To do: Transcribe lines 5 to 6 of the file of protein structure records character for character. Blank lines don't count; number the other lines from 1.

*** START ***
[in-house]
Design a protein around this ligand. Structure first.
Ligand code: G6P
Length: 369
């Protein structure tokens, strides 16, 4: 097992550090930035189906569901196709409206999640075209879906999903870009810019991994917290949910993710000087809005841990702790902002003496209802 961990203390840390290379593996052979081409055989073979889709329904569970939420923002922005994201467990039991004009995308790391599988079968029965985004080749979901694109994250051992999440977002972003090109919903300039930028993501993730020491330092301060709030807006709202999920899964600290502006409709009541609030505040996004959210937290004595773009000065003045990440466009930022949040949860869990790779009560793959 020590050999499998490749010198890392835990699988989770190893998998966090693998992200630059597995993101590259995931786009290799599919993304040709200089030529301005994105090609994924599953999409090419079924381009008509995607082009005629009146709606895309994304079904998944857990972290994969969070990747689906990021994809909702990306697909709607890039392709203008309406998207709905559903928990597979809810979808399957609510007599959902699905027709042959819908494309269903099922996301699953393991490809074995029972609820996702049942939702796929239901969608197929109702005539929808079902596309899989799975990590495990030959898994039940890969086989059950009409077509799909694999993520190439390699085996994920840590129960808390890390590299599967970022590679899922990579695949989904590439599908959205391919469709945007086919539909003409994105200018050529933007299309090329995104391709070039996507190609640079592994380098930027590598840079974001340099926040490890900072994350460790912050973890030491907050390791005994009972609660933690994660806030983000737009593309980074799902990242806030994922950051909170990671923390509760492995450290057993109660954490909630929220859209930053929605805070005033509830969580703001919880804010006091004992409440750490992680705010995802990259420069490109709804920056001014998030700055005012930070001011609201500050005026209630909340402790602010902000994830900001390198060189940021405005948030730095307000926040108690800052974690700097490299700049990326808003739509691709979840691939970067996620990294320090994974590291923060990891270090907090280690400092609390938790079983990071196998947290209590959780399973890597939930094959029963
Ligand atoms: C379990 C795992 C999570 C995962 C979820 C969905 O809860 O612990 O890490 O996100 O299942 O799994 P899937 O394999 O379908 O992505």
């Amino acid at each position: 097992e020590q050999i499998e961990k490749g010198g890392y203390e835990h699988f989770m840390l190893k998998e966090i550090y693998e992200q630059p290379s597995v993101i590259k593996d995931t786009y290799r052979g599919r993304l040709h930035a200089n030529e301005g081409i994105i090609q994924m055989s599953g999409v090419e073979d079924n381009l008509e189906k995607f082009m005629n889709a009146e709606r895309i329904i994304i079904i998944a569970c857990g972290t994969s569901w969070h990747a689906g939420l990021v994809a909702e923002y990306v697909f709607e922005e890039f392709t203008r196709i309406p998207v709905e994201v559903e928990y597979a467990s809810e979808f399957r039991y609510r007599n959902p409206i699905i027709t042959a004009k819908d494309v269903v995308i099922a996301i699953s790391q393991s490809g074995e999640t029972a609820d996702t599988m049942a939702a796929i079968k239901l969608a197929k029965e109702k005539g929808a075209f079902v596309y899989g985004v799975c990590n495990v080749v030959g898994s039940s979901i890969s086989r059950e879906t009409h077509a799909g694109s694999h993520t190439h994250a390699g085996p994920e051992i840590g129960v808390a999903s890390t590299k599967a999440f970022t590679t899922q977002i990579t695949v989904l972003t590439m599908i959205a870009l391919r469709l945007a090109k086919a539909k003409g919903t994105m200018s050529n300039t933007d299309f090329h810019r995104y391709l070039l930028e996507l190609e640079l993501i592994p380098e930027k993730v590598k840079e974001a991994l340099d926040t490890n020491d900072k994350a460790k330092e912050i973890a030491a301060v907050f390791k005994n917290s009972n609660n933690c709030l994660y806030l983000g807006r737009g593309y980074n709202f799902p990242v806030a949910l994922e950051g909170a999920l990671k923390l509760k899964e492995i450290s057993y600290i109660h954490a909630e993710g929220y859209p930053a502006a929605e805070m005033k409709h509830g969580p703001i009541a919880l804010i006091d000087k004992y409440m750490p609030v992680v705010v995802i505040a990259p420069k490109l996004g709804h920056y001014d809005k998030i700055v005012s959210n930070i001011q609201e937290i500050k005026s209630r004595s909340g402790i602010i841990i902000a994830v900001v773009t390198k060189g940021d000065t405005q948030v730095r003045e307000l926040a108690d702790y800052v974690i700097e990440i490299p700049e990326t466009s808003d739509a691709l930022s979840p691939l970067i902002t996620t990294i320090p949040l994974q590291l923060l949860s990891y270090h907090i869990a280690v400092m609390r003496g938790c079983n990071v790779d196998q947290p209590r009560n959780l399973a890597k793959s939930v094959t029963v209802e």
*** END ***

């Protein structure tokens, strides 16, 4: 097992550090930035189906569901196709409206999640075209879906999903870009810019991994917290949910993710000087809005841990702790902002003496209802 961990203390840390290379593996052979081409055989073979889709329904569970939420923002922005994201467990039991004009995308790391599988079968029965985004080749979901694109994250051992999440977002972003090109919903300039930028993501993730020491330092301060709030807006709202999920899964600290502006409709009541609030505040996004959210937290004595773009000065003045990440466009930022949040949860869990790779009560793959 020590050999499998490749010198890392835990699988989770190893998998966090693998992200630059597995993101590259995931786009290799599919993304040709200089030529301005994105090609994924599953999409090419079924381009008509995607082009005629009146709606895309994304079904998944857990972290994969969070990747689906990021994809909702990306697909709607890039392709203008309406998207709905559903928990597979809810979808399957609510007599959902699905027709042959819908494309269903099922996301699953393991490809074995029972609820996702049942939702796929239901969608197929109702005539929808079902596309899989799975990590495990030959898994039940890969086989059950009409077509799909694999993520190439390699085996994920840590129960808390890390590299599967970022590679899922990579695949989904590439599908959205391919469709945007086919539909003409994105200018050529933007299309090329995104391709070039996507190609640079592994380098930027590598840079974001340099926040490890900072994350460790912050973890030491907050390791005994009972609660933690994660806030983000737009593309980074799902990242806030994922950051909170990671923390509760492995450290057993109660954490909630929220859209930053929605805070005033509830969580703001919880804010006091004992409440750490992680705010995802990259420069490109709804920056001014998030700055005012930070001011609201500050005026209630909340402790602010902000994830900001390198060189940021405005948030730095307000926040108690800052974690700097490299700049990326808003739509691709979840691939970067996620990294320090994974590291923060990891270090907090280690400092609390938790079983990071196998947290209590959780399973890597939930094959029963
Ligand atoms: C379990 C795992 C999570 C995962 C979820 C969905 O809860 O612990 O890490 O996100 O299942 O799994 P899937 O394999 O379908 O992505």